The films protagonist gets stabbed more times than Julius Caesar, by his 'friends.'

The newly tatted boy does some inhalants in the front seat of the car, then leans out the window and starts shooting into the random pedestrians on the street.

More and more.

It just gets uglier the more I remember it.

The main character gets out of prison and the first time he's with a woman he flips her over and anally rapes her because that's the only way he knows.

What kind of humanity is this?

I don't agree with people who say our world is as wicked as it ever was or ever will be. Look around --- the world is filled with charity and kindness. We're not sleeping on our swords.

But there are segments of our population that are sleeping on their swords, their shivs. There is evil in the world and it sucks in younger brothers and makes them stab someone in the throat while their watching Woody Woodpecker.

Lady Steed and I are reading through the closing chapters of the Book of Mormon. The glorious visit of Christ is past and basically all that's left is the examples of humanity descending into American Me-like depravity. These chapters don't just give us the horror of our capacity for evil, however; they also share with us the Lord's desire to bless us when we return to him. All is never lost with Jesus.
    O ye fair ones, how could ye have departed from the ways of the Lord! O ye fair ones, how could ye have rejected that Jesus, who stood with open arms to receive you!
I pray that this powerful depiction of evil will serve to return me to that Jesus who stands with open arms to receive me. I pray that each of us will recognize his willingness to accept us and gather us in. It's not too late.

It's not too late.

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Svithe equals.....

Mentions of Christ over total word count.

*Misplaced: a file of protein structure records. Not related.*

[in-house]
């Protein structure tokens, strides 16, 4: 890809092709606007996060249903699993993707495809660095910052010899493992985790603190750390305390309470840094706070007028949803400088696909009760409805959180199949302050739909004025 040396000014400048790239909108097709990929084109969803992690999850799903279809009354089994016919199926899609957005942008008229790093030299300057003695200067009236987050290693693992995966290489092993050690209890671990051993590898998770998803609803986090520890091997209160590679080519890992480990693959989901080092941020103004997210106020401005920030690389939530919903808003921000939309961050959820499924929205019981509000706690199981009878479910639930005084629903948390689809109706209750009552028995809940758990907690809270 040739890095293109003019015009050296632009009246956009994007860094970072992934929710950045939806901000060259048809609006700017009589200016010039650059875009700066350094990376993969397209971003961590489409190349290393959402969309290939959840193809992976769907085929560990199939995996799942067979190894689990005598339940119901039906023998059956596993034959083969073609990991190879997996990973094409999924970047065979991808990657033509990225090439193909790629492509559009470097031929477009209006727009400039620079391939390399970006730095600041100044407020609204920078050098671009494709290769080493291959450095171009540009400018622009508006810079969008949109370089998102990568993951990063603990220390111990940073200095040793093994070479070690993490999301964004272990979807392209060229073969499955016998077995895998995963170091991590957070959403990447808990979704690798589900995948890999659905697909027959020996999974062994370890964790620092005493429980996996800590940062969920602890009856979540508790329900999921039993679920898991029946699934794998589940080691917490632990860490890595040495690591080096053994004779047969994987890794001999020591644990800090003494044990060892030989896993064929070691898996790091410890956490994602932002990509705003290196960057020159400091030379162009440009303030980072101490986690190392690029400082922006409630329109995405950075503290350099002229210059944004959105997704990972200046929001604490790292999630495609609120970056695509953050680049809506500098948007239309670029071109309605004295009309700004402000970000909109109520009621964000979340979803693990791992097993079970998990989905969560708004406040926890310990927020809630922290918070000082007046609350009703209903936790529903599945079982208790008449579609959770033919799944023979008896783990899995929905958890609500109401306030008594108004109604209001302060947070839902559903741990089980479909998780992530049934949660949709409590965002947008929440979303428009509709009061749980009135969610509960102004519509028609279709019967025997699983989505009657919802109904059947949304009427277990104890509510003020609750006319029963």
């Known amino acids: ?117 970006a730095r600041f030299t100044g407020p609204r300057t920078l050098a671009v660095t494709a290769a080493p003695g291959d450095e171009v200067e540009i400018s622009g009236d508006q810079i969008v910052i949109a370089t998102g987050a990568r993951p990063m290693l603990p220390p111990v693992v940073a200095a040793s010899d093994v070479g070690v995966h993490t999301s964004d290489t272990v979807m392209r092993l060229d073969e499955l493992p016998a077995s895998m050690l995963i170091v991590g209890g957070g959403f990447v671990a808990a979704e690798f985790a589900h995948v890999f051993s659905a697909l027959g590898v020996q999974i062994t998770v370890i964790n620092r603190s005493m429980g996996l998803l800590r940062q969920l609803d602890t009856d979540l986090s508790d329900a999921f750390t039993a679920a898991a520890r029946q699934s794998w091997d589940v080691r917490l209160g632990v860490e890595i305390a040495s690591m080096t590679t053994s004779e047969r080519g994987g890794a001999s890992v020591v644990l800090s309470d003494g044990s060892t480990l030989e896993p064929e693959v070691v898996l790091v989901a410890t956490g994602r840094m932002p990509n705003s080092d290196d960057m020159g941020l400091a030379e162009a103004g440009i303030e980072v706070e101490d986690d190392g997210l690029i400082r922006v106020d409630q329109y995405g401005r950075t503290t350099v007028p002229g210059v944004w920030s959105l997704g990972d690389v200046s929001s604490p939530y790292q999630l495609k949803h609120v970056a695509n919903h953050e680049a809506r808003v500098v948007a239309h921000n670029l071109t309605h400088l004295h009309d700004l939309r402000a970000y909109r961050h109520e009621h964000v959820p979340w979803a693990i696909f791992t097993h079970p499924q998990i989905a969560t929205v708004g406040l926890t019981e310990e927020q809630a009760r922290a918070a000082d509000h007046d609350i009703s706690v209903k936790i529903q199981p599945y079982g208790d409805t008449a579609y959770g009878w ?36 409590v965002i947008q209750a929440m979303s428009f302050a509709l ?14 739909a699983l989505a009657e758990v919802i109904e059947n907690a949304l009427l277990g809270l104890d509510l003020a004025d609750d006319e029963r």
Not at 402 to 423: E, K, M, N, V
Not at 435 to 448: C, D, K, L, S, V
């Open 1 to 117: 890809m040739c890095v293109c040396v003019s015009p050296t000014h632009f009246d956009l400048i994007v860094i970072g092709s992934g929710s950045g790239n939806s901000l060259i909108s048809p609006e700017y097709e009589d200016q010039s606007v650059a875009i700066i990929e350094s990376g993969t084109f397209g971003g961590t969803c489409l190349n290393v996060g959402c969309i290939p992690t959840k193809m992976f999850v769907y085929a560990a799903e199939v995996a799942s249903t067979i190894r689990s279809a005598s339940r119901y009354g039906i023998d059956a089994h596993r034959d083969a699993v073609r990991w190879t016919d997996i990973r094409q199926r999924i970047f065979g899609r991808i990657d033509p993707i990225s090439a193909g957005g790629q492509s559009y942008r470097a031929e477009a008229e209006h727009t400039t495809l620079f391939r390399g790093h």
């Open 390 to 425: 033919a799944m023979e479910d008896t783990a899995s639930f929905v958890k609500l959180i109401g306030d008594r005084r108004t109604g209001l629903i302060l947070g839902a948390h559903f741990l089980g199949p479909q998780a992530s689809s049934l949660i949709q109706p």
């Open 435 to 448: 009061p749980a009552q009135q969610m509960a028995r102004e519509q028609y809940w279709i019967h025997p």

Someone asked me recently how I, as a Christian, can accept extrabiblical scripture. I have many answers to this question, but here's one in Nephi's words:
    And we talk of Christ, we rejoice in Christ, we preach of Christ, we prophesy of Christ, and we write according to our prophecies, that our children may know to what source they may look for a remission of their sins.

As a Christian, I like that attitude and I want to know more.

Here's a fascinating stat: the Book of Mormon (according to the formula above) mentions Christ more frequently than even the New Testament. Hard to believe, isn't it? I mean---the whole New Testament is about Jesus Christ.

But then, so is the Book of Mormon. That's its whole job, to convince us that Jesus is the Christ, the Eternal God.

(Incidentally, I have to believe that were this only the Gospels v. the Book of Mormon, the Gospels would win. But I don't have numbers for that.)

Anyway, that's why the Book of Mormon --- and I why I think any Christian would do well to check it out, even if it seems unbelievable. I, a Mormon, enjoy the occasional Lutheran prayer book or Presbyterian hymnal. I grant you I've never read one cover to cover (usually because I've mostly perused them while visiting their services; I love visiting other religions' services), but I do find beauty and worth in them.

Jesus would never tell us to shun others who strive to follow him --- Didn't he say that "he that is not against us is for us"? --- even if their path is called Baptist or Catholic or something other than what we call our own. And I think the Book of Mormon offers most of his sweet truths to us.